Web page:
John Keay is in no doubt as to the importance of the collection of ‘desiccated barks, shrivelled berries, knobbly roots, dead buds, crumpled membranes, sticky gums and old fruit stones’ that are integral to his subject, because it was thanks to such substances that ‘man first acquired a comprehensive understanding of the geography of this planet’. This knowledge was gained, of course, in the pursuit of trade in these rare commodities, ‘none of them exactly indispensable and most of them quite irrelevant to the generality of mankind’. It is this paradox that is central to Keay’s typically droll and beautifully wrought book: the idea that something so fundamentally important should appear so astonishingly trivial.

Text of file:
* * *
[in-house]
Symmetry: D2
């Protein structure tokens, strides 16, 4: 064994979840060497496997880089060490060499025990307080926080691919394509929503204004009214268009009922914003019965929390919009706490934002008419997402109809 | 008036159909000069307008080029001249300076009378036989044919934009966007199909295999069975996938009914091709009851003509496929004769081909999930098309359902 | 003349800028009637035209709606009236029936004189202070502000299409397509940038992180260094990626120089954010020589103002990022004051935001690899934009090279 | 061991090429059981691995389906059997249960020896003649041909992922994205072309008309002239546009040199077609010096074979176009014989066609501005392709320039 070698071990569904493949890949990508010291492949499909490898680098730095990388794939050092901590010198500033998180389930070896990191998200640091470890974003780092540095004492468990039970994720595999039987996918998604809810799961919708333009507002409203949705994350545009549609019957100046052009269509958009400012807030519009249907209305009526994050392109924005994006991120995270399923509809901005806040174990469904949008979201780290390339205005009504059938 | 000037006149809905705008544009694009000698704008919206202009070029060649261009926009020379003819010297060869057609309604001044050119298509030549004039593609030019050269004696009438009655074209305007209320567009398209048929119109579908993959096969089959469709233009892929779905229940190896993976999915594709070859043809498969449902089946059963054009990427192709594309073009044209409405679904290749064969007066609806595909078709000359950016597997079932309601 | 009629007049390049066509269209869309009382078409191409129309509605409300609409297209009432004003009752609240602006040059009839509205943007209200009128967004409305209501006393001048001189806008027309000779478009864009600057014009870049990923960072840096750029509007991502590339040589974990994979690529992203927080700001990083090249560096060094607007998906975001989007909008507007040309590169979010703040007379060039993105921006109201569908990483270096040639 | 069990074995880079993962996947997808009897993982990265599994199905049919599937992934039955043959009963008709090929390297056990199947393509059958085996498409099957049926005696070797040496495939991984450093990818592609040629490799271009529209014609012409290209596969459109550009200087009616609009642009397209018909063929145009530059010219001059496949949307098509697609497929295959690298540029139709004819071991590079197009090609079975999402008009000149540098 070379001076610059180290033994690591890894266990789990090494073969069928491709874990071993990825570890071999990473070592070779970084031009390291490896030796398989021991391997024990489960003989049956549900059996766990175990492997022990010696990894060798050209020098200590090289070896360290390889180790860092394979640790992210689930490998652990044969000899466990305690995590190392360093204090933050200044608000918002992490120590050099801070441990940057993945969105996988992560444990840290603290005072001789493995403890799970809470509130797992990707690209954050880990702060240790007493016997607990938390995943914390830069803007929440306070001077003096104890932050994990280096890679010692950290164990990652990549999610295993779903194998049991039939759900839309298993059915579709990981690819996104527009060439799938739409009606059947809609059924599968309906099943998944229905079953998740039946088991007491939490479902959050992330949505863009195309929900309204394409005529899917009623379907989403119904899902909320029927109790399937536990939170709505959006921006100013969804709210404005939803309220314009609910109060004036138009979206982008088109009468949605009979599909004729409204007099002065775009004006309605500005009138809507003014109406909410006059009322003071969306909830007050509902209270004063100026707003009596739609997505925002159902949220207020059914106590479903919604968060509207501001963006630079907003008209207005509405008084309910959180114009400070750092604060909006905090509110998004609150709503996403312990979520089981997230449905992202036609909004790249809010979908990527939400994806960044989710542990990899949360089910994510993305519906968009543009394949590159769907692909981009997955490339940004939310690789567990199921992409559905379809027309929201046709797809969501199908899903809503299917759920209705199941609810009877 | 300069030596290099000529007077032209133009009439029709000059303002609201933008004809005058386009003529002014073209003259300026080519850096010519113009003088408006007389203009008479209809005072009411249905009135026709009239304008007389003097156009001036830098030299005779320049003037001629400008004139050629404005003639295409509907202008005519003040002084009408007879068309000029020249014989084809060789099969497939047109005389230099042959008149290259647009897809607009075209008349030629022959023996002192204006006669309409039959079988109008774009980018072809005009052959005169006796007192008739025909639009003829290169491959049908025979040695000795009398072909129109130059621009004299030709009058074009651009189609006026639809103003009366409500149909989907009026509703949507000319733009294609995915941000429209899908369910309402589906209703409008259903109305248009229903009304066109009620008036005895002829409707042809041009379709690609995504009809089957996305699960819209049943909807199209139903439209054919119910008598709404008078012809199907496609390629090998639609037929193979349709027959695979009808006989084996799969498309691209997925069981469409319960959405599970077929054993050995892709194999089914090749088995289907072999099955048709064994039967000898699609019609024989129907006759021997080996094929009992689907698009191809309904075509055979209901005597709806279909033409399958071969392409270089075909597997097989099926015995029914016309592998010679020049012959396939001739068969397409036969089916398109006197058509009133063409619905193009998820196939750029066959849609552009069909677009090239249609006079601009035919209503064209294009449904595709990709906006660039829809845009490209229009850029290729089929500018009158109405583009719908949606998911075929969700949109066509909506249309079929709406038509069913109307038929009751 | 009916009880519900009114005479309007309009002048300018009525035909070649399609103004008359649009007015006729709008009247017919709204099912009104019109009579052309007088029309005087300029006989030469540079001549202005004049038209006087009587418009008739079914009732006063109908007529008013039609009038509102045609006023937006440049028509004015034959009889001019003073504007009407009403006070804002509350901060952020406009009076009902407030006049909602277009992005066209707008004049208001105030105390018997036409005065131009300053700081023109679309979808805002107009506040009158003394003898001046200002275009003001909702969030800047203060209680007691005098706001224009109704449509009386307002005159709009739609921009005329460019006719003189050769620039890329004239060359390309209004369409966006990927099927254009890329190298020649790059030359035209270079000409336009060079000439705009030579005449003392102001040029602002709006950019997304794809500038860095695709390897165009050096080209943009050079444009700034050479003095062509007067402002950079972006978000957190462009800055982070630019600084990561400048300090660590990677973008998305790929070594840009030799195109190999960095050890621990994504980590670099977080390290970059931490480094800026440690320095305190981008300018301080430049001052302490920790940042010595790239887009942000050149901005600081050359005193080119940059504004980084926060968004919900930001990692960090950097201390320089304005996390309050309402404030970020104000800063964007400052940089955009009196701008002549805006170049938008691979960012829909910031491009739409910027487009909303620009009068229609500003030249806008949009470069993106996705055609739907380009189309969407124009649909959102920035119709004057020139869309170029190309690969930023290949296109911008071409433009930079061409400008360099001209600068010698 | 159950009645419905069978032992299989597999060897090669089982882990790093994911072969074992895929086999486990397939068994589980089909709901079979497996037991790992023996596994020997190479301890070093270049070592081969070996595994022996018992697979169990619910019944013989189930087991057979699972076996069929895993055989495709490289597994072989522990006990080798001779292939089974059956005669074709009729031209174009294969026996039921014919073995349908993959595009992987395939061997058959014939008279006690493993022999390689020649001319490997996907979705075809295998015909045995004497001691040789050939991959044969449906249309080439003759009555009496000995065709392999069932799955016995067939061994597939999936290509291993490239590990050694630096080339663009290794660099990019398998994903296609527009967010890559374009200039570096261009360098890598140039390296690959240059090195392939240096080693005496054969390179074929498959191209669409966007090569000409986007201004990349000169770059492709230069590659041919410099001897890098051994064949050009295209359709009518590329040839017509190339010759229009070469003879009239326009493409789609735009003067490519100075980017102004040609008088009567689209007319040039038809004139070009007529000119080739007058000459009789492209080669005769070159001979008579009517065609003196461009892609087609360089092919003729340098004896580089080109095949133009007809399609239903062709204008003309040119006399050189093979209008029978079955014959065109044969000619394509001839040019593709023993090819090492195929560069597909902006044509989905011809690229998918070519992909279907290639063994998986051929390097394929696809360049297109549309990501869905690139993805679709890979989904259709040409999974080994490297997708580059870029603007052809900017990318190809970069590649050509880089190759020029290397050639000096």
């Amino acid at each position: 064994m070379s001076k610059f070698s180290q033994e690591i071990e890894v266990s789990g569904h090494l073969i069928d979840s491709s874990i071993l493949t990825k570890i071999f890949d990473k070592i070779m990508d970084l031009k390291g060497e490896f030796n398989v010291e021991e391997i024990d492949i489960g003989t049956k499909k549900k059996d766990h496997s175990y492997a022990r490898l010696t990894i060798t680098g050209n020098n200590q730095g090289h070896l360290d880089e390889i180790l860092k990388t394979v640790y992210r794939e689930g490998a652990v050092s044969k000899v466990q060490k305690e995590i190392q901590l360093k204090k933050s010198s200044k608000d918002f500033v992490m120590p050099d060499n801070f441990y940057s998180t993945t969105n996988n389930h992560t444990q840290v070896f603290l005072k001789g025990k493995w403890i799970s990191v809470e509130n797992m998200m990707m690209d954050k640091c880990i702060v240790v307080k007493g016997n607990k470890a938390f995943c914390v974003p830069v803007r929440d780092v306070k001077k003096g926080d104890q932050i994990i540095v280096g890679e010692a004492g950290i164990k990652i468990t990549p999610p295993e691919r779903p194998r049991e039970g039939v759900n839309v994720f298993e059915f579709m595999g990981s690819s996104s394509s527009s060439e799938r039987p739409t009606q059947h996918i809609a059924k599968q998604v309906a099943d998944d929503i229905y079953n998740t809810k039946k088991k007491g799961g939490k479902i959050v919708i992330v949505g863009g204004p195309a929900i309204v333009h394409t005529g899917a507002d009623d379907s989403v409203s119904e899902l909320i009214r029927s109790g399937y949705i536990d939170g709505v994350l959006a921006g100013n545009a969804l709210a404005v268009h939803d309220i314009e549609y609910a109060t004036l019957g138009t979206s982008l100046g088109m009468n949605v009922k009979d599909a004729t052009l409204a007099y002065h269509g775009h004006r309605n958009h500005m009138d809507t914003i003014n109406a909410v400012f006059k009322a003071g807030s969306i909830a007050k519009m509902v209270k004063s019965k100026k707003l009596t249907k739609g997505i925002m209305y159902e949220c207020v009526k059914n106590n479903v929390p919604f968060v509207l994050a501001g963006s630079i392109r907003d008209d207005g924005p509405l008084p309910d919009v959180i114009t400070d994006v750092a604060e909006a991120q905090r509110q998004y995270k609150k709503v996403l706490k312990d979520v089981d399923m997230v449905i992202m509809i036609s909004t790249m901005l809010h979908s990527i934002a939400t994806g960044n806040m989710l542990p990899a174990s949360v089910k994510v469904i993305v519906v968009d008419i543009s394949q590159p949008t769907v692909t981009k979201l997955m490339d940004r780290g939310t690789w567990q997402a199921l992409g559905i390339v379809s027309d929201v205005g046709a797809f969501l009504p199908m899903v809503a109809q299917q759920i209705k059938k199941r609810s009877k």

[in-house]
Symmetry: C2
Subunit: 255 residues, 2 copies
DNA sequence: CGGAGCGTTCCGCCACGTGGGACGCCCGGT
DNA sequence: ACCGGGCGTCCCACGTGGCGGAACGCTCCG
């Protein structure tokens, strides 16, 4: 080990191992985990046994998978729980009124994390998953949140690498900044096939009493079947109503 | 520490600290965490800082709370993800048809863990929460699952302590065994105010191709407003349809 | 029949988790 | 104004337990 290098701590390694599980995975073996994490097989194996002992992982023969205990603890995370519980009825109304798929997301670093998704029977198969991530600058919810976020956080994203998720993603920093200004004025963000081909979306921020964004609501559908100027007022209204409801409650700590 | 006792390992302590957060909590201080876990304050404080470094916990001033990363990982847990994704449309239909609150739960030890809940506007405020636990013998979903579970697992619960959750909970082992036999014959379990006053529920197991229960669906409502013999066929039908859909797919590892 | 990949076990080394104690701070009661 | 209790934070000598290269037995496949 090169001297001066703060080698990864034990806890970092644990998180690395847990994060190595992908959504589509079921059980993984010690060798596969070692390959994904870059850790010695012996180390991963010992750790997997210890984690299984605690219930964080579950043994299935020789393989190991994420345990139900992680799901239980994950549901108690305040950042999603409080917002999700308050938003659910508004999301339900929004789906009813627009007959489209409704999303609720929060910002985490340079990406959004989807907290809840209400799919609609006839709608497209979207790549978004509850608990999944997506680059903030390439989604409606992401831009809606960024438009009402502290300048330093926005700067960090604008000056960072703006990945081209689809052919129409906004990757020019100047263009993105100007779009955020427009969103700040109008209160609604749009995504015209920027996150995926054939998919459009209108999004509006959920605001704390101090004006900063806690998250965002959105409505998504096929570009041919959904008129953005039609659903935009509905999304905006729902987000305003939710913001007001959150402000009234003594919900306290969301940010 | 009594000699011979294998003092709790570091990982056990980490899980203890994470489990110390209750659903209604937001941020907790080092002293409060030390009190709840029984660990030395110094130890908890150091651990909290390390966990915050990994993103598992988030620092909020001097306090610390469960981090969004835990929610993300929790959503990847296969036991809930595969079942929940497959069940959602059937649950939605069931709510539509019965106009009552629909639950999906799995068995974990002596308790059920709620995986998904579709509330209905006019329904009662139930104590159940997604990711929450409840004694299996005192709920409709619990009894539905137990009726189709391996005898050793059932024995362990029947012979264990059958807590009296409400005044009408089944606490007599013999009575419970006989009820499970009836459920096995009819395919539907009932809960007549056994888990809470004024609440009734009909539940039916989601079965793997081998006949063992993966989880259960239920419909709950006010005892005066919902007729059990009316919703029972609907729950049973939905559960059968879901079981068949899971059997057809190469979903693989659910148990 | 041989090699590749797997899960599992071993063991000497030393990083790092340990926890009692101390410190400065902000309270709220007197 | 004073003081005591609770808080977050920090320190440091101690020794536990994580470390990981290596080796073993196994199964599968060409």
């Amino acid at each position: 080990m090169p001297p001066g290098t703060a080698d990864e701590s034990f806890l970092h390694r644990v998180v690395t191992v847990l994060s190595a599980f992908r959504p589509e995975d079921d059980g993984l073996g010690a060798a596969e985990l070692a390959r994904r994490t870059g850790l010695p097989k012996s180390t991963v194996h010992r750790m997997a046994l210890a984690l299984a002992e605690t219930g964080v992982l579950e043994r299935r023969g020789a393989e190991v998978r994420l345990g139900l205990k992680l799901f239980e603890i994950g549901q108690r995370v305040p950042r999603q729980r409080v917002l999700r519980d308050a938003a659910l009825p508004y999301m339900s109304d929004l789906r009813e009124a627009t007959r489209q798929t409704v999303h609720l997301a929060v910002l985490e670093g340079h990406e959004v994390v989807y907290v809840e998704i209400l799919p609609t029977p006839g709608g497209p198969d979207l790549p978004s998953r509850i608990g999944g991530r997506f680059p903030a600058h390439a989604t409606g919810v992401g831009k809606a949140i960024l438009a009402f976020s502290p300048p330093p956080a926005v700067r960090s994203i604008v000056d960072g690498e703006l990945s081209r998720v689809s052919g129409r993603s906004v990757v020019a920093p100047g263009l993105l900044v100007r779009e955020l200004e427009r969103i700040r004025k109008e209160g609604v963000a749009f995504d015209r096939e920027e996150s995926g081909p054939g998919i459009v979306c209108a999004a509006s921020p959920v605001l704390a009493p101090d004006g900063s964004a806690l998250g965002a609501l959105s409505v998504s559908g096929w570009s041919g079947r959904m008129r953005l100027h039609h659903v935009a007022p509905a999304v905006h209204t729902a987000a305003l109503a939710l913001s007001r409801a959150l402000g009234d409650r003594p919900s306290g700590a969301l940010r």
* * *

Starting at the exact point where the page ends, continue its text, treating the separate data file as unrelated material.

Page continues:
The Spice Route: A History is published hot on the heels of Mad About the Mekong, the author’s excellent investigation into French colonial expansion in Indo-China in the nineteenth century. In his story of spice, Keay once more examines the theme of geographical expansion, but this time in the form